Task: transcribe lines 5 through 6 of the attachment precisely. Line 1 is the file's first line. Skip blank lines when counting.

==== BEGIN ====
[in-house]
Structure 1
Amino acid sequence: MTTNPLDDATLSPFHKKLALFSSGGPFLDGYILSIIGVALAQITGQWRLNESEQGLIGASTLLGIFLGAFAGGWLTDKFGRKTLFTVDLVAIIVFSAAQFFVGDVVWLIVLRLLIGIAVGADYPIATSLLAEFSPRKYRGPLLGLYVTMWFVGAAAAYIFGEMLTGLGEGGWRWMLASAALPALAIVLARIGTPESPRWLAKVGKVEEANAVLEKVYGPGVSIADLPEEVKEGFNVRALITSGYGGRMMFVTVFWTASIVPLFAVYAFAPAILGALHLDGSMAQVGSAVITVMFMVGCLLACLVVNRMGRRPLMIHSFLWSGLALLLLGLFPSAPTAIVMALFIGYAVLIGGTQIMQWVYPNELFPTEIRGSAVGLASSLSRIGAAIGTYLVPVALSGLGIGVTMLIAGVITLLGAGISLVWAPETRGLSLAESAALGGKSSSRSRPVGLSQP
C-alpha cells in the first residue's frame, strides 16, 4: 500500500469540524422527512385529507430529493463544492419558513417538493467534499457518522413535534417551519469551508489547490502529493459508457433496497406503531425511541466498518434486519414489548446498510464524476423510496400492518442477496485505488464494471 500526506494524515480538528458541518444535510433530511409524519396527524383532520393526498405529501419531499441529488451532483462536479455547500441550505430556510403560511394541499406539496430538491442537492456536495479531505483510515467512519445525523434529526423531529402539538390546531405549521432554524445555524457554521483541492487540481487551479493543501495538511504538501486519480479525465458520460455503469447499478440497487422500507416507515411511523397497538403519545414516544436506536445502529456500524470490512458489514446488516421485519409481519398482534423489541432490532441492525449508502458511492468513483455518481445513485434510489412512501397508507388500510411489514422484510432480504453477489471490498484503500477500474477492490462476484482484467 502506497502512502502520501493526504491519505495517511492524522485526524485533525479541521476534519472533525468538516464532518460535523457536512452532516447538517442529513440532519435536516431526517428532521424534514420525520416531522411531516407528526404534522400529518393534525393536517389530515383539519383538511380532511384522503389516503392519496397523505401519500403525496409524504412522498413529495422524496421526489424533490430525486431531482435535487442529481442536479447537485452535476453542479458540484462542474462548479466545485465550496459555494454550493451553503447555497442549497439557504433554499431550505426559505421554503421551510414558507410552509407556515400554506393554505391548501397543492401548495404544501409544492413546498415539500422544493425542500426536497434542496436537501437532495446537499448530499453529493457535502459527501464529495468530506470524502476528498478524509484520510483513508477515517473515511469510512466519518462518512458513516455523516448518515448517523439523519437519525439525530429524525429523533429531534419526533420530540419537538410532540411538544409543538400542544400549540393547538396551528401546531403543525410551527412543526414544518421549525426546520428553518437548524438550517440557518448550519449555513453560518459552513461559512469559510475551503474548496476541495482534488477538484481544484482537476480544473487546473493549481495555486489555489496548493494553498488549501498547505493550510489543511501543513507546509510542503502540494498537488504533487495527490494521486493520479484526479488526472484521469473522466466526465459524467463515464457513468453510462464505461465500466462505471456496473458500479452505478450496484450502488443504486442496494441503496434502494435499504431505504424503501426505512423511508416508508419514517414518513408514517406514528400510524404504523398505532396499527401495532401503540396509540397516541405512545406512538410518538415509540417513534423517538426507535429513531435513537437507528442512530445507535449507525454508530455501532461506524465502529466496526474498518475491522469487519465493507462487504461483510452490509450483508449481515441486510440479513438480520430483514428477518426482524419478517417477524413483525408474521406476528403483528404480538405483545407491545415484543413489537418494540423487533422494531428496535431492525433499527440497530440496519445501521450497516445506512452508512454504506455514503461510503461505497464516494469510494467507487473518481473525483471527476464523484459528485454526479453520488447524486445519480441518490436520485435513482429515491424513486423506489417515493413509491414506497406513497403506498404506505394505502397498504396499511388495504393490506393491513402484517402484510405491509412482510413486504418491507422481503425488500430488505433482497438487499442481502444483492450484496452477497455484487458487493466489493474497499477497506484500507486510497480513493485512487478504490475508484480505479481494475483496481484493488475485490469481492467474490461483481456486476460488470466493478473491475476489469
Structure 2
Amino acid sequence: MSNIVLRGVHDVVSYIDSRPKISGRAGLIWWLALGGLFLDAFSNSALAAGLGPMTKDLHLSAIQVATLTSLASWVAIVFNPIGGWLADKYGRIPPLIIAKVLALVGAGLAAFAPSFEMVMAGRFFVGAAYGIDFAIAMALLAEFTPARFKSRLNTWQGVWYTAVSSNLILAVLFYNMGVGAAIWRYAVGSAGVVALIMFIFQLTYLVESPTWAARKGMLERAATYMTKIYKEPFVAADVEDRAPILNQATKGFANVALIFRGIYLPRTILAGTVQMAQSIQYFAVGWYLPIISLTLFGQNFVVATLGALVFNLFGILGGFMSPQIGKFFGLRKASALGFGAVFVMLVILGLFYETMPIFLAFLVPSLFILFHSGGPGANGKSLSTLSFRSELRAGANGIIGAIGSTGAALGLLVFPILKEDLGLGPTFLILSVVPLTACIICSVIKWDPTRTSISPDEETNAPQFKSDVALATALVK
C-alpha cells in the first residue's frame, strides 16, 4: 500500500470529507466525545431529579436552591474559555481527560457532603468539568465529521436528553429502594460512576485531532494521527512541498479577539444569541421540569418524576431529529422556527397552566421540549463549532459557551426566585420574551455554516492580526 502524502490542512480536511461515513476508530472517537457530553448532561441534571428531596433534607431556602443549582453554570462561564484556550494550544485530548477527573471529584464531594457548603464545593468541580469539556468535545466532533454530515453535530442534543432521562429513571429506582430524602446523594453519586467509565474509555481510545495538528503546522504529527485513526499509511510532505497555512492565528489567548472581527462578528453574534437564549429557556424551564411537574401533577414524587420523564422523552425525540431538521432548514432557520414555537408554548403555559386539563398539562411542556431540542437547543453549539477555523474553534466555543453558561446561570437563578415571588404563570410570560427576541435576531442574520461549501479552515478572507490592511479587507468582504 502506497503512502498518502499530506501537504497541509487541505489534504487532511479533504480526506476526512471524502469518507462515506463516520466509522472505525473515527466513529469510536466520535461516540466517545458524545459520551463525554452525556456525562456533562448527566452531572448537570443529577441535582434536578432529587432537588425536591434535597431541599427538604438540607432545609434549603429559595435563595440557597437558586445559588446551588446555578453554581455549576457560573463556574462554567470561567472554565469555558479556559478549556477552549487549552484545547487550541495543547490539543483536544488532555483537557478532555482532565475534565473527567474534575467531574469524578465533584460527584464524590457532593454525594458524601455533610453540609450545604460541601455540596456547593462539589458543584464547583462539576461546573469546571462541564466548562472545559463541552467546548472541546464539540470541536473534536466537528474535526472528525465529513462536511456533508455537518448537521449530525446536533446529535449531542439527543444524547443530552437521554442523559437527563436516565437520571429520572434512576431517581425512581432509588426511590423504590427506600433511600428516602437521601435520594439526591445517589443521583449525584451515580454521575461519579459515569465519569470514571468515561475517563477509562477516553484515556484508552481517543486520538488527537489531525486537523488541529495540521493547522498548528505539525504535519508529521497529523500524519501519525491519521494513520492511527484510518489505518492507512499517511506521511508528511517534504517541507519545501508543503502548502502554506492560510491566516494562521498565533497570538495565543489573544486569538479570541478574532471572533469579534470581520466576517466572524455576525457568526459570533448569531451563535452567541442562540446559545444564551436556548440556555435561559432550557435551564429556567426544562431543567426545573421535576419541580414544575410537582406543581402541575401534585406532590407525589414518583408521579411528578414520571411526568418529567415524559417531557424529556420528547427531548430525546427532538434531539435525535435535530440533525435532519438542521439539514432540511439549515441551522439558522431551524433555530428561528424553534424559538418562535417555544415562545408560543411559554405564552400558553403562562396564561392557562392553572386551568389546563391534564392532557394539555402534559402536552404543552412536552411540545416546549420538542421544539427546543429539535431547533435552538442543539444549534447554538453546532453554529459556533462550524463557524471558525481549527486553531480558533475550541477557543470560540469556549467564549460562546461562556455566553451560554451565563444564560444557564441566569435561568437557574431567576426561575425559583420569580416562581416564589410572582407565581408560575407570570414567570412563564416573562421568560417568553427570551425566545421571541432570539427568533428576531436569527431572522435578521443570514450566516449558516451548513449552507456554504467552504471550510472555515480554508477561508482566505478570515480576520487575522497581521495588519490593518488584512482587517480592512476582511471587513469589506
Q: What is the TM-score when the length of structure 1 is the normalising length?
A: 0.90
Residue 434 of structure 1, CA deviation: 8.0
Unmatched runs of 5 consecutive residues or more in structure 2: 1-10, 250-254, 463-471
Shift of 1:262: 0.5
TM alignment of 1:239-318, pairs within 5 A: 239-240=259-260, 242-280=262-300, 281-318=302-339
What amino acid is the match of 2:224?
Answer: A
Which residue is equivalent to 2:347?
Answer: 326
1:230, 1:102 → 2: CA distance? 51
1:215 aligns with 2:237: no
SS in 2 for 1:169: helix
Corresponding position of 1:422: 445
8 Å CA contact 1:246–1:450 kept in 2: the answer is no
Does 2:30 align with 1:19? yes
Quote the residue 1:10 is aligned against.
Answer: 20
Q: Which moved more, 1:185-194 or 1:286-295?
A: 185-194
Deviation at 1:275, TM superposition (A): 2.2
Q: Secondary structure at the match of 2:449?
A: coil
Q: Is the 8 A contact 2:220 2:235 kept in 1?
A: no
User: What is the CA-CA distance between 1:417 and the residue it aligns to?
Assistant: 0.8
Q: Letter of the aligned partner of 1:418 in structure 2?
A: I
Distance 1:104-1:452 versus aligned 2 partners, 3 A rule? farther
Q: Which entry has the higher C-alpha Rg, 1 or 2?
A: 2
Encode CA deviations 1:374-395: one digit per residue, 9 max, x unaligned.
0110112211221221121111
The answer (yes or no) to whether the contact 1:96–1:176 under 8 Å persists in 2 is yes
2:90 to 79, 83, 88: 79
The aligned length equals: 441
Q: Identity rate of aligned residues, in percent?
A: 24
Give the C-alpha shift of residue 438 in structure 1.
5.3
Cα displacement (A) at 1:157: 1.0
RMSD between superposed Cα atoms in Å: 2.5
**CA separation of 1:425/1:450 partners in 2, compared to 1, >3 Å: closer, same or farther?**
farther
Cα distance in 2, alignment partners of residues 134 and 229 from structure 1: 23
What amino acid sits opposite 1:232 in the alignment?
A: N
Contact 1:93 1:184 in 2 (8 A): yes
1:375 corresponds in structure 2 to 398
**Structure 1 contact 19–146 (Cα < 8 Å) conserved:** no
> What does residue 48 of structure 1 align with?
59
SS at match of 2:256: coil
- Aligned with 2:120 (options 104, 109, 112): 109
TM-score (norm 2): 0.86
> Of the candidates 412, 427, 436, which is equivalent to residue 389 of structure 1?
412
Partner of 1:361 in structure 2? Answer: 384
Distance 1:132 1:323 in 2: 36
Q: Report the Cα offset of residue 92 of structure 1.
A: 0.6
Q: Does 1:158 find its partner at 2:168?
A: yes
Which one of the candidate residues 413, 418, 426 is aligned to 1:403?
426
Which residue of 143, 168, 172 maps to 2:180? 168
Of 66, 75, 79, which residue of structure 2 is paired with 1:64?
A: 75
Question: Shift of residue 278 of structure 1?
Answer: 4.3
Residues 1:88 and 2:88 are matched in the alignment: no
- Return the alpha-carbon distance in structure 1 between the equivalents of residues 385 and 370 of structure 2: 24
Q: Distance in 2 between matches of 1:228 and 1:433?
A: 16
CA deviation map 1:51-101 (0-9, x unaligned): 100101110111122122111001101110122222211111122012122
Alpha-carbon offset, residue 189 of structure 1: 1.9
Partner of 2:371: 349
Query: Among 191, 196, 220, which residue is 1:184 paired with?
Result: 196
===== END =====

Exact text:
Structure 2
Amino acid sequence: MSNIVLRGVHDVVSYIDSRPKISGRAGLIWWLALGGLFLDAFSNSALAAGLGPMTKDLHLSAIQVATLTSLASWVAIVFNPIGGWLADKYGRIPPLIIAKVLALVGAGLAAFAPSFEMVMAGRFFVGAAYGIDFAIAMALLAEFTPARFKSRLNTWQGVWYTAVSSNLILAVLFYNMGVGAAIWRYAVGSAGVVALIMFIFQLTYLVESPTWAARKGMLERAATYMTKIYKEPFVAADVEDRAPILNQATKGFANVALIFRGIYLPRTILAGTVQMAQSIQYFAVGWYLPIISLTLFGQNFVVATLGALVFNLFGILGGFMSPQIGKFFGLRKASALGFGAVFVMLVILGLFYETMPIFLAFLVPSLFILFHSGGPGANGKSLSTLSFRSELRAGANGIIGAIGSTGAALGLLVFPILKEDLGLGPTFLILSVVPLTACIICSVIKWDPTRTSISPDEETNAPQFKSDVALATALVK